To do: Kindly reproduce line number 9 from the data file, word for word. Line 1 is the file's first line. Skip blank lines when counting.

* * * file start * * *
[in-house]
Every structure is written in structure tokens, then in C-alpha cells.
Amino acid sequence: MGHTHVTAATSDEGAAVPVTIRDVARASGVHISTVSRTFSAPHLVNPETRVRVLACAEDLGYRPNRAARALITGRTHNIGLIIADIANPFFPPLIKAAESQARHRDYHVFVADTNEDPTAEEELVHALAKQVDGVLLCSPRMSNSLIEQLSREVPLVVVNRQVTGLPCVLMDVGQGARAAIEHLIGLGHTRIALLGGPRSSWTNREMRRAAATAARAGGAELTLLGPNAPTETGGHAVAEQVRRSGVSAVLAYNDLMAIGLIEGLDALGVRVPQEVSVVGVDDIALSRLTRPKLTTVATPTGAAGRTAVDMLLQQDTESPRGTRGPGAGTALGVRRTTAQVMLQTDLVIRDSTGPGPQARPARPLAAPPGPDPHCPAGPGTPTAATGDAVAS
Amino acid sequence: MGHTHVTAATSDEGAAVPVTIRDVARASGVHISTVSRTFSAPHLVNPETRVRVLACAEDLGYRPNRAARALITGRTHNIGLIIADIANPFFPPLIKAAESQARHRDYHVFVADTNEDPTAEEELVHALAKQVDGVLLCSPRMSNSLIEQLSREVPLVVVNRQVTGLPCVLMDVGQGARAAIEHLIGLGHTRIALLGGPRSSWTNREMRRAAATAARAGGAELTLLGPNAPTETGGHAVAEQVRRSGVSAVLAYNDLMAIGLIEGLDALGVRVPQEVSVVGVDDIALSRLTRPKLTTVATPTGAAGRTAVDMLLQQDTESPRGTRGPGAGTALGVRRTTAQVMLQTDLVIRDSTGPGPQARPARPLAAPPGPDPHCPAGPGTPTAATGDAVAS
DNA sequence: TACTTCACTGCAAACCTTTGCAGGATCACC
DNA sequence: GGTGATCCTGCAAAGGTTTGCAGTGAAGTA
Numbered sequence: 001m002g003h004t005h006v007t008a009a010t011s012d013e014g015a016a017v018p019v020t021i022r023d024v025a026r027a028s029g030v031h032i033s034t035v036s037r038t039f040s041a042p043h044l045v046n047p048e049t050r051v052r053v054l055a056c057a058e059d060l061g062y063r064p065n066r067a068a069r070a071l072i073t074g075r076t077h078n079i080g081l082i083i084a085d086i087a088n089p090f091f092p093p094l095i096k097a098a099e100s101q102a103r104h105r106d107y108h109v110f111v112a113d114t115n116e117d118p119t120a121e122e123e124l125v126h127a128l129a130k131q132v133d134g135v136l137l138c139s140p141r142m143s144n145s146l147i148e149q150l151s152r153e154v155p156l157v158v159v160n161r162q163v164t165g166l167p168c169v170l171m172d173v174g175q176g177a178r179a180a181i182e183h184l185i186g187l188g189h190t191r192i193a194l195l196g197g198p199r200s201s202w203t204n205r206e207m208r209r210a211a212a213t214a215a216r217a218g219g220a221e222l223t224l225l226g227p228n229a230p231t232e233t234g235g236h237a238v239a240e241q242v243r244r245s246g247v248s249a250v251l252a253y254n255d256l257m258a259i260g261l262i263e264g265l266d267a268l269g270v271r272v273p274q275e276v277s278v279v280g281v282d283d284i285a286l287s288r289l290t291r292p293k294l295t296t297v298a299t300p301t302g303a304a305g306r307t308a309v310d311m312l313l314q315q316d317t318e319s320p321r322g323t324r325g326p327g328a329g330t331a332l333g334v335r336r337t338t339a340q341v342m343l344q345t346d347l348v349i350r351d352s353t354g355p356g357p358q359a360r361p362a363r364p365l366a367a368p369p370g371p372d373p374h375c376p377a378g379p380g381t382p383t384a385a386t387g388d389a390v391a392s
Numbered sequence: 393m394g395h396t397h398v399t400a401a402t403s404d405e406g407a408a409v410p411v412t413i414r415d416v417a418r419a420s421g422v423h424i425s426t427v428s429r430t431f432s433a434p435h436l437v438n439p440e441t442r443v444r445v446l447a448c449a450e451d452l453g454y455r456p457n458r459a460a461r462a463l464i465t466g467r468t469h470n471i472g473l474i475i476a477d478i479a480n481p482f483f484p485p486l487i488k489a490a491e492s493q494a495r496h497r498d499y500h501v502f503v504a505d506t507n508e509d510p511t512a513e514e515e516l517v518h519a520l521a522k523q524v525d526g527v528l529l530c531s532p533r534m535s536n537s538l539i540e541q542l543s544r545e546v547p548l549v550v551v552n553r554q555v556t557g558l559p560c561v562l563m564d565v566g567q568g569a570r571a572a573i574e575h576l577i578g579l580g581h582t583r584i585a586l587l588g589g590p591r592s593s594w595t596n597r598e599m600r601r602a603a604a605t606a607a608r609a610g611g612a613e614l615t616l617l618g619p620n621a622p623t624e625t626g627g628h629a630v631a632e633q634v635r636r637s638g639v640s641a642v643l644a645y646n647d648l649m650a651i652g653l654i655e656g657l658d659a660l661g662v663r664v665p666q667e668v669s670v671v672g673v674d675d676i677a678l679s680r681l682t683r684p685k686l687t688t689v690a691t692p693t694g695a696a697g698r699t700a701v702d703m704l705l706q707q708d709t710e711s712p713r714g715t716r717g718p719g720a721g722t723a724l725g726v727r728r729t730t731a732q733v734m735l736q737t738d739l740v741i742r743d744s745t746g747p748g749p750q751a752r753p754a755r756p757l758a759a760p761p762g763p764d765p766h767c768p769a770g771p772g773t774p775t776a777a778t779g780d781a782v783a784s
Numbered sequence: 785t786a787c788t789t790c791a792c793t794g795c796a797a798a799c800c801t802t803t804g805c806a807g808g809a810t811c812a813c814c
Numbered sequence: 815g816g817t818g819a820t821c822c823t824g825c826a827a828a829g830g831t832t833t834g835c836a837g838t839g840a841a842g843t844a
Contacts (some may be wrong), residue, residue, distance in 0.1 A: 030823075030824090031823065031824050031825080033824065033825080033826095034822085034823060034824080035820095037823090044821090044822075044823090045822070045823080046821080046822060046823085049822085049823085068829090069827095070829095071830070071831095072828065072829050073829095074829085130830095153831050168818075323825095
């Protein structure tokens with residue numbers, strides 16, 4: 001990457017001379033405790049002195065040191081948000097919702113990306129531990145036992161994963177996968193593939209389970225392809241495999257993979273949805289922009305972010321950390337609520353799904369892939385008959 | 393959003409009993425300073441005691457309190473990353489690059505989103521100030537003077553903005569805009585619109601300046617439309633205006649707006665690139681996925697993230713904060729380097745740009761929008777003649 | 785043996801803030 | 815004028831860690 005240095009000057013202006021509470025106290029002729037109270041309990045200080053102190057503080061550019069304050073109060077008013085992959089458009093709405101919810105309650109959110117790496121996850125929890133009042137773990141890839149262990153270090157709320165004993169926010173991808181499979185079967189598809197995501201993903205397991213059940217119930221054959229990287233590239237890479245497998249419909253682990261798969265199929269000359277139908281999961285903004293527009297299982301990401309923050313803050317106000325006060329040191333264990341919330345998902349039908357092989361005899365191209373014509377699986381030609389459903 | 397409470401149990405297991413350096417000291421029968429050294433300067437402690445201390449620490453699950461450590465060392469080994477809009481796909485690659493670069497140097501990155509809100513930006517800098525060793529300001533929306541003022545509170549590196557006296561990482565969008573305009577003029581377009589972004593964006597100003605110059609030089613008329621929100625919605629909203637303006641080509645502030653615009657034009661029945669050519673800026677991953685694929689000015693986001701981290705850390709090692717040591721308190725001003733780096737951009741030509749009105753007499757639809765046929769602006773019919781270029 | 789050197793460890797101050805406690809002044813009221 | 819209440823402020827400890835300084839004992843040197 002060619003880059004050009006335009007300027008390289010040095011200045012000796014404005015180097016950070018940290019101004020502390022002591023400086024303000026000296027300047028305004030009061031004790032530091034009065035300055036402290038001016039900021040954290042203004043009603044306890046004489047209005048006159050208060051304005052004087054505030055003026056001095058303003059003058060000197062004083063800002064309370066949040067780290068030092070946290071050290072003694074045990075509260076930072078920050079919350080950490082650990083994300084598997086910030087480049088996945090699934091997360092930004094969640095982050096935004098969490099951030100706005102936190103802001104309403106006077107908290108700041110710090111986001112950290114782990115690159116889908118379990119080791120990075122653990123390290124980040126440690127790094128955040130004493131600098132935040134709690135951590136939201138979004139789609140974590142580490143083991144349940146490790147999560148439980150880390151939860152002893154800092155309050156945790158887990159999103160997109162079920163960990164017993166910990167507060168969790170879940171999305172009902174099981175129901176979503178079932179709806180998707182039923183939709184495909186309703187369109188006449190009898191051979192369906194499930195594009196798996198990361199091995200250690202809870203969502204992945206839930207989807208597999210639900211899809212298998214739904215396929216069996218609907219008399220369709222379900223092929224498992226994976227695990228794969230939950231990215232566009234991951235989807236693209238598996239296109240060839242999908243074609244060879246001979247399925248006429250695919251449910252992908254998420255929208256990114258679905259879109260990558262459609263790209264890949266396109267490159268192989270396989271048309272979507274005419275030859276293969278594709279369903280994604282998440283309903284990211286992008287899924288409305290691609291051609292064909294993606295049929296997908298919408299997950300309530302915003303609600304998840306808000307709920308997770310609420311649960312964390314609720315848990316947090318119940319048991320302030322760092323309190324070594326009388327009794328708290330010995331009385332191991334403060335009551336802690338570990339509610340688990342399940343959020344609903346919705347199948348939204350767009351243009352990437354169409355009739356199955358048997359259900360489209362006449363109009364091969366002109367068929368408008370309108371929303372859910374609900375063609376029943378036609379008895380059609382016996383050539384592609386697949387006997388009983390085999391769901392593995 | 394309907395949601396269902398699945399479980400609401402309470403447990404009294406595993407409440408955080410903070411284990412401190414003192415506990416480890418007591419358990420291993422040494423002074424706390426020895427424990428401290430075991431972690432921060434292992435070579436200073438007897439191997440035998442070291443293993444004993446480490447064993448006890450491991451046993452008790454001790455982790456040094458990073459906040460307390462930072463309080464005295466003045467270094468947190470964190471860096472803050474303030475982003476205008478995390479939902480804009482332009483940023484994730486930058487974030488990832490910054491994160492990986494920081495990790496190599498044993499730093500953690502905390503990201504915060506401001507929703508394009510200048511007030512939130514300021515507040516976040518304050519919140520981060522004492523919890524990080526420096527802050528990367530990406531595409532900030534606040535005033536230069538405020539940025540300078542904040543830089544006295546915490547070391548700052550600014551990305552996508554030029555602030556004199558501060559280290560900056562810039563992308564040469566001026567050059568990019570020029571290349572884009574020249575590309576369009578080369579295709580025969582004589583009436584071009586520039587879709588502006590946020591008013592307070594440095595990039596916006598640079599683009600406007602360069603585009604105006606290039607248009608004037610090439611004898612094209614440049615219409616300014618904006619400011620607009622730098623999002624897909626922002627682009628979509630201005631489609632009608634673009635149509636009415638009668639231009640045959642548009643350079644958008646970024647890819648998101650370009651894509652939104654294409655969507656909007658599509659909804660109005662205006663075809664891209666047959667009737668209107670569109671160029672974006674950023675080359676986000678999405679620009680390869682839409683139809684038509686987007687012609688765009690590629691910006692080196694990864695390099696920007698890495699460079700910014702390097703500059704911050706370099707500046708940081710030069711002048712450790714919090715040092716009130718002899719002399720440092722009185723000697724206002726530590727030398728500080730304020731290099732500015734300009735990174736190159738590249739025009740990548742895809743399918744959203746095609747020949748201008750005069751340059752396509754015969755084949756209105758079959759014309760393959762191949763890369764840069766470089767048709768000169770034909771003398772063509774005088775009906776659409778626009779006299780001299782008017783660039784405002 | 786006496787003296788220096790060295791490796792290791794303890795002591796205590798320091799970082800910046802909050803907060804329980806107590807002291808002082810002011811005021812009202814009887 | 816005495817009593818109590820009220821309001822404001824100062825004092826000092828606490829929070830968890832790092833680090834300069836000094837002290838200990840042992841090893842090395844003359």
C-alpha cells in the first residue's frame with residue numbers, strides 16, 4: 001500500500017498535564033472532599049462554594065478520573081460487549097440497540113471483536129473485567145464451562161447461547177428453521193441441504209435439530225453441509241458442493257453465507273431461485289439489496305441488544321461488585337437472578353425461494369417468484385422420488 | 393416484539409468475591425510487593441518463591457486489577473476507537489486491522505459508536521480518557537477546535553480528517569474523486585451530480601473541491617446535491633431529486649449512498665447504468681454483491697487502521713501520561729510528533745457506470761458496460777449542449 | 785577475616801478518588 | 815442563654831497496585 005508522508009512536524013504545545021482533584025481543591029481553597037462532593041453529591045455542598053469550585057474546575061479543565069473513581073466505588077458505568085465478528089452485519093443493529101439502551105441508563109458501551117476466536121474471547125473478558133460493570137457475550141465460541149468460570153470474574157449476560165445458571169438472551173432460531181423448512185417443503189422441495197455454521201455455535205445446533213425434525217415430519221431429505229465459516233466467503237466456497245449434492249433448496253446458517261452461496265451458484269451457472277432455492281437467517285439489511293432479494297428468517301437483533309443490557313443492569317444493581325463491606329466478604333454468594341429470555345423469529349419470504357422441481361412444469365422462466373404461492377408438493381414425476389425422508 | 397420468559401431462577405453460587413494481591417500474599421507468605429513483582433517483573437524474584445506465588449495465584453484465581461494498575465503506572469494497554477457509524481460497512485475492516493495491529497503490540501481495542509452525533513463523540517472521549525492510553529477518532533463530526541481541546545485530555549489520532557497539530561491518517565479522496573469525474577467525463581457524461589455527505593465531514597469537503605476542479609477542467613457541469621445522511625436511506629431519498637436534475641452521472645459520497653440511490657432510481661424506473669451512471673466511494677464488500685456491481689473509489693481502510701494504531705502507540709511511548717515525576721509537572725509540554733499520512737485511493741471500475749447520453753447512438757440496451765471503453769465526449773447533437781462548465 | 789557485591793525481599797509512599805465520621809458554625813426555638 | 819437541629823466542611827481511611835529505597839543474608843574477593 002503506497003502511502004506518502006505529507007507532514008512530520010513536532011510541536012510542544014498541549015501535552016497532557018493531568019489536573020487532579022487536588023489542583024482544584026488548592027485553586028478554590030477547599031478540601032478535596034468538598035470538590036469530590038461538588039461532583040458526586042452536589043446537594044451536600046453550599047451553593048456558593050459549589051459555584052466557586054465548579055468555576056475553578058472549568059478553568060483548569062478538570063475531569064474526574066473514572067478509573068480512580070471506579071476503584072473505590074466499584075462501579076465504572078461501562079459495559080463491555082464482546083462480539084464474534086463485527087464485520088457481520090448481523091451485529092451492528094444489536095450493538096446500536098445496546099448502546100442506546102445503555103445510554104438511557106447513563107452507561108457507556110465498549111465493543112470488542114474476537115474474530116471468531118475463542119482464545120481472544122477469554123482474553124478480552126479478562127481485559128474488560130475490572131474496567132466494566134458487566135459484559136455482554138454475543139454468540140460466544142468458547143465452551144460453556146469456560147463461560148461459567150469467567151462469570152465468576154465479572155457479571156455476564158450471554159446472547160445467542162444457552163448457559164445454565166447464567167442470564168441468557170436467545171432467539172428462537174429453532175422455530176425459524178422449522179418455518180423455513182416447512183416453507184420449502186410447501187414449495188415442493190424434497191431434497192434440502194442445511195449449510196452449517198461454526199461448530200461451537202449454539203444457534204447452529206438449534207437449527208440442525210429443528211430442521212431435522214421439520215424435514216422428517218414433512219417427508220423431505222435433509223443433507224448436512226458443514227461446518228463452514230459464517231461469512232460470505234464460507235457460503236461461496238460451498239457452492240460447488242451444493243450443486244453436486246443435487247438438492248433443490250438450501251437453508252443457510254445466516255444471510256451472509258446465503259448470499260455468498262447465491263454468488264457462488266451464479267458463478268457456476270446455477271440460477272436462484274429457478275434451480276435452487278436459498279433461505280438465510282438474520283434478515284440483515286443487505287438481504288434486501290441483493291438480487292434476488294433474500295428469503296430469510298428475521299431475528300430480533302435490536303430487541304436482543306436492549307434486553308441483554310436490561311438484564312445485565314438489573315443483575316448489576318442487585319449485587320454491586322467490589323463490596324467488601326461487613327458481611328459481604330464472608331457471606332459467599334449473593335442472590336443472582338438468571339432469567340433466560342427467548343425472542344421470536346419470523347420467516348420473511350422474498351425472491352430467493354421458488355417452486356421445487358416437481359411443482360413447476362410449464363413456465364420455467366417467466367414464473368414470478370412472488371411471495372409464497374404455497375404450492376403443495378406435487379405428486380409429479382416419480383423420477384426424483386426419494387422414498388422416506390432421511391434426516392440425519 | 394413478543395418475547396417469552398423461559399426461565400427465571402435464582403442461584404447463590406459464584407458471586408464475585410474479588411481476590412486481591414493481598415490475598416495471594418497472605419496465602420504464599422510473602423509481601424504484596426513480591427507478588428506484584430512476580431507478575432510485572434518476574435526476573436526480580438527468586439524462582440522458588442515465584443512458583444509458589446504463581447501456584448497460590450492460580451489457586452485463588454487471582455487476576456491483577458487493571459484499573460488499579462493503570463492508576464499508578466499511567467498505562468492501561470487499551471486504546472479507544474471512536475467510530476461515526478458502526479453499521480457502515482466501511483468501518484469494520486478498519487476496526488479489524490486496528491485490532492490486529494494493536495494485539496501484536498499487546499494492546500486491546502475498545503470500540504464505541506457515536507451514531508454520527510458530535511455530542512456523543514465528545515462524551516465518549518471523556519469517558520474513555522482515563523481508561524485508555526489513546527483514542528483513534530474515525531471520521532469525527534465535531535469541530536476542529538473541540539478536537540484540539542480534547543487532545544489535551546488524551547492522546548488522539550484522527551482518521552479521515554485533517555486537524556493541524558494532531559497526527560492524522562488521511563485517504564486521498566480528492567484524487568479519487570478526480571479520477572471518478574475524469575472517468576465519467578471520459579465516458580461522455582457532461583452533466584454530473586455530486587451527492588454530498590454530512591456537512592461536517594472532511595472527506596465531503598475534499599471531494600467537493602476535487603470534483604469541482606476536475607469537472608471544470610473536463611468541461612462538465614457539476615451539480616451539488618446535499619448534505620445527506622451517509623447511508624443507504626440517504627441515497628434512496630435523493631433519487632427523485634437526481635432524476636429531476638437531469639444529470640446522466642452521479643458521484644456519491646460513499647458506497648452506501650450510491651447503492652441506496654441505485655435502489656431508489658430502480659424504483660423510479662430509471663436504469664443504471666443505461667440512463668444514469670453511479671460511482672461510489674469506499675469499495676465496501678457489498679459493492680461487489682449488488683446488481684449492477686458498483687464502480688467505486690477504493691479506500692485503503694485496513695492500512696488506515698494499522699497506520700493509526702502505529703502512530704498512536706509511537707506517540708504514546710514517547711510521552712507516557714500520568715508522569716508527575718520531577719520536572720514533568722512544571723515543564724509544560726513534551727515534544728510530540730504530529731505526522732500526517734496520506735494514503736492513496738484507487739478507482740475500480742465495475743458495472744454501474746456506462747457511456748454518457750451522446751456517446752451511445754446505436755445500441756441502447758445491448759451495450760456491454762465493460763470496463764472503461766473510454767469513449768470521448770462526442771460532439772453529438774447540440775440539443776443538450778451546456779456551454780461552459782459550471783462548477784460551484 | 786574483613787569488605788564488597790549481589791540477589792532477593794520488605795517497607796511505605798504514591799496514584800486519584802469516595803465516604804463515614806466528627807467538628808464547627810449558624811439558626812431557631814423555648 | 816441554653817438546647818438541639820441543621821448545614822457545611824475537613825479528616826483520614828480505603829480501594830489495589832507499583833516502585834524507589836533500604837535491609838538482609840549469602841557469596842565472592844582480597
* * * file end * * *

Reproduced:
Numbered sequence: 785t786a787c788t789t790c791a792c793t794g795c796a797a798a799c800c801t802t803t804g805c806a807g808g809a810t811c812a813c814c